Of the eminent and learned civilian who now presides over the High Court of Admiralty of England, the Right Hon. Stephen Lushington, it would not become the Author to say more than that his triumphant career, at the Bar in Doctors' Commons and the higher Courts of Appeal, appeared naturally to point him out as the fittest successor of the distinguished Judges to whom reference has been made. When in the progress of time his course, like theirs, shall have been accomplished (and may that period be far distant), history will not fail to enrol his name also in her pages, and to claim for him the well-merited admiration and respect of all who have discrimination and gratitude to appreciate his brilliant and extensively useful public services.

Recurring to the present work, the Author would observe, with reference to the manner of its execution, that his main object has been to exhibit and elucidate the law and practice of the Court of Admiralty and of the Courts of Appeal therefrom, as embodied in their recorded decisions. As auxiliary to this object, and with a view to present this branch of the law to the reader in its entirety, the Author has, in accordance with the suggestions of the learned gentleman before referred to, embraced in his scheme the cases in pari materiâ in the Common Law, Equity, and Ecclesiastical Courts, and the statutes applicable to all the cases reported; in doing which he is aware that in many parts of the work he is open to the charge of having to some extent exceeded the limits to which such analogies should be confined : for which he has to solicit the indulgence of his readers, reminding them, however, that, as redundancy is a fault more venial than omission, he has in all instances in which he doubted, considered it expedient to admit rather than to reject.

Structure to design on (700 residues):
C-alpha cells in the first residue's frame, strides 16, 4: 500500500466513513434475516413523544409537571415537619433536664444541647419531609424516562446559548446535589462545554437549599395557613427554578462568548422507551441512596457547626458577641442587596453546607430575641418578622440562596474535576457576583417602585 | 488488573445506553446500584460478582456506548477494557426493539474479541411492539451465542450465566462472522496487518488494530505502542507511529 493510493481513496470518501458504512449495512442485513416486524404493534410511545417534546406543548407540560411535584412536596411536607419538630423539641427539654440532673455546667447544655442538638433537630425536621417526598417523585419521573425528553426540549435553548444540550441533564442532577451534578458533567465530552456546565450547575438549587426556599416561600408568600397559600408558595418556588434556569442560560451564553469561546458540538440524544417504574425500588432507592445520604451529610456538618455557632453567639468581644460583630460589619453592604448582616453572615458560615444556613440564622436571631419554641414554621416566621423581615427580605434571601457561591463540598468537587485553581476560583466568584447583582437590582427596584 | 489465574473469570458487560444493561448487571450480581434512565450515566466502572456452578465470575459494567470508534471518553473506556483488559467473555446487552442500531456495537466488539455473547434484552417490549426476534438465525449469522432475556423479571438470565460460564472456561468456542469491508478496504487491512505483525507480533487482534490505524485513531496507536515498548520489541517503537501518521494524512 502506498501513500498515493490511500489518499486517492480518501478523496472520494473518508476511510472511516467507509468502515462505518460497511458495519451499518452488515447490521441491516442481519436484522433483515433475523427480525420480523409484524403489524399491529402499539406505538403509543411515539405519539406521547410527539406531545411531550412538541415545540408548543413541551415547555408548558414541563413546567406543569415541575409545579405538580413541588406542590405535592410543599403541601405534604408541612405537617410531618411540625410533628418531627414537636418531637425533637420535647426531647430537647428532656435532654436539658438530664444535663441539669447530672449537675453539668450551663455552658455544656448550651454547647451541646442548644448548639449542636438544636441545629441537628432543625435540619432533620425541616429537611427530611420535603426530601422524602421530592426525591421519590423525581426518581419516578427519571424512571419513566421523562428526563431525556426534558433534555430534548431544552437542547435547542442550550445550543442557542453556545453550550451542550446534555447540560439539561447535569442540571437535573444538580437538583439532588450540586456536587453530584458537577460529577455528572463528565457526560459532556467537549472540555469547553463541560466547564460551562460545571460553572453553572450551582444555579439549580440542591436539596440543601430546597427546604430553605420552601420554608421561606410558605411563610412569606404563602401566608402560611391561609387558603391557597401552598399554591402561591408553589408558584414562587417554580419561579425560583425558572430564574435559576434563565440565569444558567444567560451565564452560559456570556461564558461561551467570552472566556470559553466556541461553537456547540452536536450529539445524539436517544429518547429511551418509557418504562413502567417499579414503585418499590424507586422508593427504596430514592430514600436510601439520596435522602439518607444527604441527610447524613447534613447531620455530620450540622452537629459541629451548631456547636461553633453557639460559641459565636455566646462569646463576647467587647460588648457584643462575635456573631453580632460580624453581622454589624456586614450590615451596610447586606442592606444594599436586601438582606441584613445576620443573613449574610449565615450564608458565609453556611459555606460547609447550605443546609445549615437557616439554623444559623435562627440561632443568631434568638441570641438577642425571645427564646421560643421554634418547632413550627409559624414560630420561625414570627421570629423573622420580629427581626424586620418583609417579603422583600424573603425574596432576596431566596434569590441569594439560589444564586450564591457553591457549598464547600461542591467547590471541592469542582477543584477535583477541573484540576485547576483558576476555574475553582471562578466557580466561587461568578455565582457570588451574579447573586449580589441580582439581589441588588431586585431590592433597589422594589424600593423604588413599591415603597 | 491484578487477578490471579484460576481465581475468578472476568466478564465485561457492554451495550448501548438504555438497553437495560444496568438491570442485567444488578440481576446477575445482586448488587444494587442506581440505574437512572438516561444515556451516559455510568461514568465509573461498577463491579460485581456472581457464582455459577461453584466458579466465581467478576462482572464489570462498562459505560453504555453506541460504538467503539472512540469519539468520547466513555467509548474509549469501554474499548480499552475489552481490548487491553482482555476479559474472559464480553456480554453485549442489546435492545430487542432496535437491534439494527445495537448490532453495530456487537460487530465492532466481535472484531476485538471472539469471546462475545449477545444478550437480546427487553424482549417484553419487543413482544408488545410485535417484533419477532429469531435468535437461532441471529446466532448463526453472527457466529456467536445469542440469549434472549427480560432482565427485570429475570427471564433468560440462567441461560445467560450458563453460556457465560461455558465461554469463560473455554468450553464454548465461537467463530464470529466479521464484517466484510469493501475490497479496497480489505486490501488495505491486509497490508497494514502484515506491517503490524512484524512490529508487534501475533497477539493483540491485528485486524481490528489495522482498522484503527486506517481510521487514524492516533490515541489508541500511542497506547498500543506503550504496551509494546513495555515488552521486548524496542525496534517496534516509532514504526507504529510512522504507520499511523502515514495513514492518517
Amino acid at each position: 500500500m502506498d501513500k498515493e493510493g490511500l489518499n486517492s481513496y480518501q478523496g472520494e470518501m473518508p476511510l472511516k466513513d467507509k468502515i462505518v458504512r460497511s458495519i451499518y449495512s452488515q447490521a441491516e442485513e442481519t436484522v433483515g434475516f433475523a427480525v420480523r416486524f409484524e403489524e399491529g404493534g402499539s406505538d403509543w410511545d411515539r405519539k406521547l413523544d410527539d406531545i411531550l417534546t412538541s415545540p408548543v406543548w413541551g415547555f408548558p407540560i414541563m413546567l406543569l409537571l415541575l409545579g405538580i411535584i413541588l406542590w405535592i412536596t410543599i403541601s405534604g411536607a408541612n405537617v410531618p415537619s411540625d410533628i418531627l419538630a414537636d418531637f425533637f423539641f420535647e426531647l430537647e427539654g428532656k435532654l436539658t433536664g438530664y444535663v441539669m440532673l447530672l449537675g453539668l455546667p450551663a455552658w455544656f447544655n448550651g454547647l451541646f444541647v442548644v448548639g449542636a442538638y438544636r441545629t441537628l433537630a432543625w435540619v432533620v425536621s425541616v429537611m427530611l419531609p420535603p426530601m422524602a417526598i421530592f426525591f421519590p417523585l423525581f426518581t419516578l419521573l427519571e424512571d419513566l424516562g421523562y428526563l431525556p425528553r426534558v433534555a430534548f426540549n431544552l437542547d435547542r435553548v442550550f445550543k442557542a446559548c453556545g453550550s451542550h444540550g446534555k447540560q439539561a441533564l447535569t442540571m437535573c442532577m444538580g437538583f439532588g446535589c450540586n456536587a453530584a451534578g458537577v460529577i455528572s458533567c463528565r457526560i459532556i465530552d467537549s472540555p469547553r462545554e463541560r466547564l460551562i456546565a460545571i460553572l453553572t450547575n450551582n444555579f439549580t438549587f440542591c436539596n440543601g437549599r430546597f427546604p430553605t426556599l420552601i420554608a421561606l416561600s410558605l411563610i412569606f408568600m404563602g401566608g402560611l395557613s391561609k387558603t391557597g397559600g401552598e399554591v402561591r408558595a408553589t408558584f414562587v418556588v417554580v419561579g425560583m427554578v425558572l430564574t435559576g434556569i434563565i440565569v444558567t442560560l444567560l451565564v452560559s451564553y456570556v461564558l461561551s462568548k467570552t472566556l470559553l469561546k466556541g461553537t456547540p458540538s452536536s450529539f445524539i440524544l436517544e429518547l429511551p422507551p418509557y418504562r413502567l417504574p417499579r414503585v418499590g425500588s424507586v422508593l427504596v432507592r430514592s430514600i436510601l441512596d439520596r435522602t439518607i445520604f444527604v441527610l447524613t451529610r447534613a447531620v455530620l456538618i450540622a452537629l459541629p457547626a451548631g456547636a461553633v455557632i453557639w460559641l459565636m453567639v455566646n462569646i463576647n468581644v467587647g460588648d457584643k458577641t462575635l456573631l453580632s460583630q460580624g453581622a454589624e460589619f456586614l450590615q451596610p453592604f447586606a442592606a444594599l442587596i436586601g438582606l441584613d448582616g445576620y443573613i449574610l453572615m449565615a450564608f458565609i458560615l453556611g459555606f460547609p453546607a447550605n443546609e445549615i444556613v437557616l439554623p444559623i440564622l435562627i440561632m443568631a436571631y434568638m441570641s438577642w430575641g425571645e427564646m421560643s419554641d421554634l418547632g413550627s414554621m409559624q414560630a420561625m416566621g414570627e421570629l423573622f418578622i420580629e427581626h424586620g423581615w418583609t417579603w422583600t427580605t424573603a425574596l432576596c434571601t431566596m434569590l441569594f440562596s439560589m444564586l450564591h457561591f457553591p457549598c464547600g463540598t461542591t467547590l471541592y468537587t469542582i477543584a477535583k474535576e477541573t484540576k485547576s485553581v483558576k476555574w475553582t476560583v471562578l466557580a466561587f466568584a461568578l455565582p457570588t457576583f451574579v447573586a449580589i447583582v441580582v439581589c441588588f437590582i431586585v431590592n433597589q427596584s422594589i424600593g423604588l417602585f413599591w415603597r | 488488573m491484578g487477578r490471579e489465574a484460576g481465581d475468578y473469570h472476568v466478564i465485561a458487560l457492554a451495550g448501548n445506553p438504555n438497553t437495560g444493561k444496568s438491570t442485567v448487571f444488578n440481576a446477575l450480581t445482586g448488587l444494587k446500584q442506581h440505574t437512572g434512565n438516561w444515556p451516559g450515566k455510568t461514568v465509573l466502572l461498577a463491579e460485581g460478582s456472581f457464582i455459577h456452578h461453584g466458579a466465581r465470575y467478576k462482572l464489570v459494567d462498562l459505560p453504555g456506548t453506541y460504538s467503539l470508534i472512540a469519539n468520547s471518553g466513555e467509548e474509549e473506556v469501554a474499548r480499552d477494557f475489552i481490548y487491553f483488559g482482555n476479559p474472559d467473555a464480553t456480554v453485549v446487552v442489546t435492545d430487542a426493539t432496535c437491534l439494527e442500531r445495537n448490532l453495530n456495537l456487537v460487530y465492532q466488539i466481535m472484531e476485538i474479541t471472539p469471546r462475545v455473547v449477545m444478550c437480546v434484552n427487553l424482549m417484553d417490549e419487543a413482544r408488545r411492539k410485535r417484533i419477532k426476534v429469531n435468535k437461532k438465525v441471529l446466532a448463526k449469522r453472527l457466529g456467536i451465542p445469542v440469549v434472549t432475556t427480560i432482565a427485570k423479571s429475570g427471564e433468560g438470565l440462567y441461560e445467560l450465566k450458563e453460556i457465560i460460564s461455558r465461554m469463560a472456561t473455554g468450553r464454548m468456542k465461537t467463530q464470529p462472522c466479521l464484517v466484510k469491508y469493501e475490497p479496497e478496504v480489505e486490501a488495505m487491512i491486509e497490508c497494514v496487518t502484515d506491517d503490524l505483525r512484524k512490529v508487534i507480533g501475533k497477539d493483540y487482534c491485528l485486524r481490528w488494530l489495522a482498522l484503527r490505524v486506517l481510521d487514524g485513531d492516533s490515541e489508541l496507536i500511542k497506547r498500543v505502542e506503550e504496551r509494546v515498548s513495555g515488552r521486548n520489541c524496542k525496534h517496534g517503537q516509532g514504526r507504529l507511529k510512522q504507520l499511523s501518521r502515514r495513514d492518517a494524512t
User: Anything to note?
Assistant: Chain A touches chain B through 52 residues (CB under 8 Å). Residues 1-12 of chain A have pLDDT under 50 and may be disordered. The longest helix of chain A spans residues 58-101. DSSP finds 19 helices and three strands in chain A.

In presenting the substance of the several cases under their appropriate heads, the Author has not confined himself to a mere arrangement of the reporter's notes, but has, particularly with regard to the Admiralty Reports, investigated each case, and endeavoured to extract from it every important dictum contained in it. Whilst stating the principle of law upon which the case was decided, he has also sought to embody the leading facts, in order that the reader may not only be acquainted with the former, but enabled to perceive more readily its application to the latter.

Facility of reference being one of the principal uses of a Digest, whenever a title treated of in the present work has exceeded the limits which it has been thought advisable there to assign to it, the reader has been directed

* Curtis's Adm. Dig. Introd. p. 10.

† Tacit. Agric.

to those works in which the law and the cases decided upon it are to be found. It has likewise been thought useful to illustrate those points of law upon which no direct decision has as yet been given, or which have not been thoroughly settled, by quotations in the form of notes from text writers and other authorities on international and maritime law. To have embodied the whole of these authorities, ancient and modern, would have swelled the work to an inconvenient size, and destroyed its character of a · Digest, besides requiring a larger portion of time than the Author could spare from his more urgent professional engagements, and greater learning and ability than he can presume to aspire to. He has, therefore, in citing such authorities, felt it necessary to restrain himself within the limits of a due subserviency to the main object of his work.